Crucially, we noticed the relationship between reader and the paper on which the poem was printed.  First, hands: Hold it down at waist level, and the audience is cut-off.  Hold it up as a mask to your face, and it's even worse. We experimented with holding the page off to the side. That literally provided a heart opening to the audience~a sense of expansiveness and connection, so important to reaching an audience. Many students are adopting that as a mode. 
       Next, eyes: so tethered were some poets to the page, that they read ever word, one at a time, as if they were first-graders new to reading, at all. Of course, there was no way to make or maintain eye contact with the audience, and it was painful to watch. I recommended flashing onto phrases and looking up, in between.  I showed them how I, who don't have their poems memorized, can retain whole lines at a time by this method. This was a revelation and eased the way. In some cases, students plan to relineate and change font sizes in their poems for easier visual groupings.
       As a reciter and performer, I am nourished and inspired by the eyes of audience members. Some, however, get a deer-in-headlights daze. One student recommended this relaxation method: think of the people as sitting on a toilet~then you won't be intimidated.  That was a LOL moment! But if looking into eyes is disorienting, simply looking at foreheads will engage the audience and relax the reader.
      Then, I went after memorizing.  Deanna was pinching her paper so hard that it crackled, and she was reading one word at a time.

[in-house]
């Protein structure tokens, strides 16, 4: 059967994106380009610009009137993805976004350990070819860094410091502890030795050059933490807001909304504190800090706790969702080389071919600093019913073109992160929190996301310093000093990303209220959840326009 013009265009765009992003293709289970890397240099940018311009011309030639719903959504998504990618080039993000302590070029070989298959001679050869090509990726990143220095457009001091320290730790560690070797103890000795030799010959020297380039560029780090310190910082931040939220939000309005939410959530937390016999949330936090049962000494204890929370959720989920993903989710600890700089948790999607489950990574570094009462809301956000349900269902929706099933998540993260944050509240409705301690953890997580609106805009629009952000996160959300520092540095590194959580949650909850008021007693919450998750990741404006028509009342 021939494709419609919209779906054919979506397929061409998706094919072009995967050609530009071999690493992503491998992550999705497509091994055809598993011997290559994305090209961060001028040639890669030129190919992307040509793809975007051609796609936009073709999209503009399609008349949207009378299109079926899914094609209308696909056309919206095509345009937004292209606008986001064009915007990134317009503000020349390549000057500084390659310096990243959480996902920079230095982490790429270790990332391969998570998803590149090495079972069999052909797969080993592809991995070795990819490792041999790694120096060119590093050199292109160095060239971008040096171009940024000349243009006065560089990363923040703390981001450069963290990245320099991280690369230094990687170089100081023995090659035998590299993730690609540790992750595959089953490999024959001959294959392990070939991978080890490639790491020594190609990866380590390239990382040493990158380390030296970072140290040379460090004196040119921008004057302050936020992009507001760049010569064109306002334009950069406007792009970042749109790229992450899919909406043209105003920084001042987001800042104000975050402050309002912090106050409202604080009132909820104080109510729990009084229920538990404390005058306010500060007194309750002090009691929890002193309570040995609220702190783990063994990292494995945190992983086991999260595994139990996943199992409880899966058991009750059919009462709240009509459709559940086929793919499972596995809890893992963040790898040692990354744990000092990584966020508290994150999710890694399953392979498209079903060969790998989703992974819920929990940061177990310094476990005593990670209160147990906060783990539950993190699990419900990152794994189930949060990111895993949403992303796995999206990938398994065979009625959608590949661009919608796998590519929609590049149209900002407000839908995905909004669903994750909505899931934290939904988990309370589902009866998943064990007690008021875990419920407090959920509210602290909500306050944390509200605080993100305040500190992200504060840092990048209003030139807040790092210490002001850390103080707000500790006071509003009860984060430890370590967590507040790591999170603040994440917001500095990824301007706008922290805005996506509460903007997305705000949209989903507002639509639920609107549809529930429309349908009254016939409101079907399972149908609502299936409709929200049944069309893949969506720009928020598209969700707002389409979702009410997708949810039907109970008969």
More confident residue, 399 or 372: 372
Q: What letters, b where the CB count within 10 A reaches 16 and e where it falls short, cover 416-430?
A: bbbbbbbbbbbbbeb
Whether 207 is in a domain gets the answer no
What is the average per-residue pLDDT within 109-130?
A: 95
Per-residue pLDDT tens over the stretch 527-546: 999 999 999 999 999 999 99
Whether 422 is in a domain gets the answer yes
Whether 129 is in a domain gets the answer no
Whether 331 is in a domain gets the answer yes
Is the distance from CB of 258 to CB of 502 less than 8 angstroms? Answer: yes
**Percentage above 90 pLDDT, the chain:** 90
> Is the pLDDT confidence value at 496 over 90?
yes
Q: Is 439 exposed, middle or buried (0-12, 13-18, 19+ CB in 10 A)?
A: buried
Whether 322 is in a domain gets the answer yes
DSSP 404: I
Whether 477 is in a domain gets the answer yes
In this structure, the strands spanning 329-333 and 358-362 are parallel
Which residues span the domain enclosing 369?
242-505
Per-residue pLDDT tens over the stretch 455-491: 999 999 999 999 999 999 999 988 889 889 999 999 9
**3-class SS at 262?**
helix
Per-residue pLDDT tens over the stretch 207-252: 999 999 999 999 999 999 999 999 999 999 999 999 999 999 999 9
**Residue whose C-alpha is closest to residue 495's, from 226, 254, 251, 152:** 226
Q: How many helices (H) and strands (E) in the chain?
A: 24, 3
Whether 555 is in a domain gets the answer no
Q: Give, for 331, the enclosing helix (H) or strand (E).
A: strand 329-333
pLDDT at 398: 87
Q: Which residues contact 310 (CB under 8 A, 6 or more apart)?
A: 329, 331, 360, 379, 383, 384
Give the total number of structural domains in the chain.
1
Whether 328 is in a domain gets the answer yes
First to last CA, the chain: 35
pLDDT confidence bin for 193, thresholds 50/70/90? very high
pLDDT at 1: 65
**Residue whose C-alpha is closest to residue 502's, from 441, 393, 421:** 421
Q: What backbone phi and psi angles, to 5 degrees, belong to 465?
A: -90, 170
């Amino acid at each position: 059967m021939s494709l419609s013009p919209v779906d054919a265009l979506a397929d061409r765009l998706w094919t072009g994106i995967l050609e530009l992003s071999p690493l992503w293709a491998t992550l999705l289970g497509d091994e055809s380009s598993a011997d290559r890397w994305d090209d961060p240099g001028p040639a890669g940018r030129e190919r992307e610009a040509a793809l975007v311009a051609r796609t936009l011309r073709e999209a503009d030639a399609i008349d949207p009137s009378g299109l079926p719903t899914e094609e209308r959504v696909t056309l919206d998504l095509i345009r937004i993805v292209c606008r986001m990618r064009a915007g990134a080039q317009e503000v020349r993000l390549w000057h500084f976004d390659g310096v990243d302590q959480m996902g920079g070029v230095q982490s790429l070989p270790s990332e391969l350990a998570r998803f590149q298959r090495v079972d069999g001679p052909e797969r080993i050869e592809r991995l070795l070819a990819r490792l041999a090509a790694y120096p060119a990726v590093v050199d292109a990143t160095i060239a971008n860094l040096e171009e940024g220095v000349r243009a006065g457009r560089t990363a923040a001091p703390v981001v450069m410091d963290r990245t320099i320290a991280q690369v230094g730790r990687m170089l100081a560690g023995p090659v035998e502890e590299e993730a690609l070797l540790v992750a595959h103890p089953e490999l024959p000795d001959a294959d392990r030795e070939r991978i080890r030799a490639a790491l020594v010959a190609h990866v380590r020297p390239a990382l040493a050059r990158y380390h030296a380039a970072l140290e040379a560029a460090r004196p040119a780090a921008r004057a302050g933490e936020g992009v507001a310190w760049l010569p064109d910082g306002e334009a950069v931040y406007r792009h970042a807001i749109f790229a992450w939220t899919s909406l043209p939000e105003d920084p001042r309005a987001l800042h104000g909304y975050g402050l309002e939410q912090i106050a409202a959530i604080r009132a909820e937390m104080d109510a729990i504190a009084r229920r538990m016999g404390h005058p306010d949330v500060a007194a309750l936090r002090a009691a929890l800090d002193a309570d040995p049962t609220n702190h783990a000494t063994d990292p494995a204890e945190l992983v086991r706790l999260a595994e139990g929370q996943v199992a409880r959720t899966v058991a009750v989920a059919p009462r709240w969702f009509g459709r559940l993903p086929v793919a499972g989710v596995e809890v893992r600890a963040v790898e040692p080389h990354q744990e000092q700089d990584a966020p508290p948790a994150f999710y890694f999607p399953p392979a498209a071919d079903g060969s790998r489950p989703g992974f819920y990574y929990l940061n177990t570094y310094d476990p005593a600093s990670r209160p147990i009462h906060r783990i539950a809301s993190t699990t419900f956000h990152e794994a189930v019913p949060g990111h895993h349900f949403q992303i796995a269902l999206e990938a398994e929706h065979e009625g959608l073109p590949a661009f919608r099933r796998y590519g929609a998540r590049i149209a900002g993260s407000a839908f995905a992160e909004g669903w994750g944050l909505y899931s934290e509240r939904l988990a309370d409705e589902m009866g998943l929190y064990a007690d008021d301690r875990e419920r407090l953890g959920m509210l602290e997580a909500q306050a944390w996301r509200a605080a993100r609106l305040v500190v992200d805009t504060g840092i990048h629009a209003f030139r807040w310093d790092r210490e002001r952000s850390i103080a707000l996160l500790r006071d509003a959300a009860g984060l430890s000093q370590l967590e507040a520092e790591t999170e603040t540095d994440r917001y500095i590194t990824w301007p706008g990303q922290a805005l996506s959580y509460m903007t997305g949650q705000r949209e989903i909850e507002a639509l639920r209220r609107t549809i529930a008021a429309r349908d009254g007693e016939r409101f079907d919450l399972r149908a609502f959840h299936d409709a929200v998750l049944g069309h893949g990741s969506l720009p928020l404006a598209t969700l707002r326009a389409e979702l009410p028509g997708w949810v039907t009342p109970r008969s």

"Give me the paper," I said.  She did.  I added, "OK. Now recite your poem."  
       "I can't," Deanna said, distressed.
       "I know," I said, "Do it anyway."
And she demurred with more insecurities, and I just kept saying, "I know.  Do it anyway."
And then she did.  A whole stanza, until she got rattled that she could and stopped.  But that stanza was so moving, her connection with us so profound, that we know she will come through for us all.
      There it is.  Drop the paper and remember what you remember.  You will notice, too, what works and what doesn't, as you do.  Many of the students are now memorizing their poems for the recital.
      In the seven years since I first got up to recite, grabbed hold of the podium, and walked it off stage, I have memorized over 150 poems and songs, and created four 90-minute performance sequences with them. I have learned the importance of rehearsing while I'm in different modes of motion~walking, driving, biking, swimming; queuing up; keeping myself awake while others drone on (sometimes at readings), and putting myself to sleep at night; and, of course, stage rehearsals. The more mistakes I make in process, the surer I'll be with a audience.  As I rehearse, I learn more about the poems and have had the best ideas for revision. The parts I have trouble retaining are worth revisiting for excision. Listy structures can be as boring on the page as in recitation. Through this process of memorizing for an audience, I learn how to more fully inhabit the poems and songs~how to embody them more deeply.  The "drop-outs" or "mistakes" I might make in performance are just opportunities to boost the work.  And who's to tell?